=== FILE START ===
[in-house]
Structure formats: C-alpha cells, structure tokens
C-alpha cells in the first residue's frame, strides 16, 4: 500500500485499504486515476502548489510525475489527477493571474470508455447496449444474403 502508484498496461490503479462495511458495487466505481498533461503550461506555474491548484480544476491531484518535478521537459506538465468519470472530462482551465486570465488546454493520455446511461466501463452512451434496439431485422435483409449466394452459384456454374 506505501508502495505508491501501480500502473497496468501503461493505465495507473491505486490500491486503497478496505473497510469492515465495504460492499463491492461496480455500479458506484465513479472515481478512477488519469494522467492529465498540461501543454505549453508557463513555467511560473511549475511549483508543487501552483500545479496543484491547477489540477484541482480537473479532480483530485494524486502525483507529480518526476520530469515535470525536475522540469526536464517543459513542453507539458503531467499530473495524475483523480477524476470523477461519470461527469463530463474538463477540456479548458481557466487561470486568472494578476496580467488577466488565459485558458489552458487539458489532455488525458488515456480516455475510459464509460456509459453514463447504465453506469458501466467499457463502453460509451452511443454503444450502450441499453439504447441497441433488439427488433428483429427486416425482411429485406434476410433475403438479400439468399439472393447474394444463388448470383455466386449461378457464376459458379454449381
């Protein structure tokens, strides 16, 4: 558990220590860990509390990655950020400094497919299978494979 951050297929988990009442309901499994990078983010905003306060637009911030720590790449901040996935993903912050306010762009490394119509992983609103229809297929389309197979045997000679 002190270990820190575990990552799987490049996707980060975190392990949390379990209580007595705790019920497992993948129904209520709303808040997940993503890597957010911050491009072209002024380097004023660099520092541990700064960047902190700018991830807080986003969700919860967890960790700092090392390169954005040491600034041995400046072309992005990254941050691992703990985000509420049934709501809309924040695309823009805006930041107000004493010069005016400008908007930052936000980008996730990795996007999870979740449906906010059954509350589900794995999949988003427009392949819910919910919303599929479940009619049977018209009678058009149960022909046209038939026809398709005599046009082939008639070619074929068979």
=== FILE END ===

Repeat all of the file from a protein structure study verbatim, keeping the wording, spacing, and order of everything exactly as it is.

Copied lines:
[in-house]
Structure formats: C-alpha cells, structure tokens
C-alpha cells in the first residue's frame, strides 16, 4: 500500500485499504486515476502548489510525475489527477493571474470508455447496449444474403 502508484498496461490503479462495511458495487466505481498533461503550461506555474491548484480544476491531484518535478521537459506538465468519470472530462482551465486570465488546454493520455446511461466501463452512451434496439431485422435483409449466394452459384456454374 506505501508502495505508491501501480500502473497496468501503461493505465495507473491505486490500491486503497478496505473497510469492515465495504460492499463491492461496480455500479458506484465513479472515481478512477488519469494522467492529465498540461501543454505549453508557463513555467511560473511549475511549483508543487501552483500545479496543484491547477489540477484541482480537473479532480483530485494524486502525483507529480518526476520530469515535470525536475522540469526536464517543459513542453507539458503531467499530473495524475483523480477524476470523477461519470461527469463530463474538463477540456479548458481557466487561470486568472494578476496580467488577466488565459485558458489552458487539458489532455488525458488515456480516455475510459464509460456509459453514463447504465453506469458501466467499457463502453460509451452511443454503444450502450441499453439504447441497441433488439427488433428483429427486416425482411429485406434476410433475403438479400439468399439472393447474394444463388448470383455466386449461378457464376459458379454449381
């Protein structure tokens, strides 16, 4: 558990220590860990509390990655950020400094497919299978494979 951050297929988990009442309901499994990078983010905003306060637009911030720590790449901040996935993903912050306010762009490394119509992983609103229809297929389309197979045997000679 002190270990820190575990990552799987490049996707980060975190392990949390379990209580007595705790019920497992993948129904209520709303808040997940993503890597957010911050491009072209002024380097004023660099520092541990700064960047902190700018991830807080986003969700919860967890960790700092090392390169954005040491600034041995400046072309992005990254941050691992703990985000509420049934709501809309924040695309823009805006930041107000004493010069005016400008908007930052936000980008996730990795996007999870979740449906906010059954509350589900794995999949988003427009392949819910919910919303599929479940009619049977018209009678058009149960022909046209038939026809398709005599046009082939008639070619074929068979």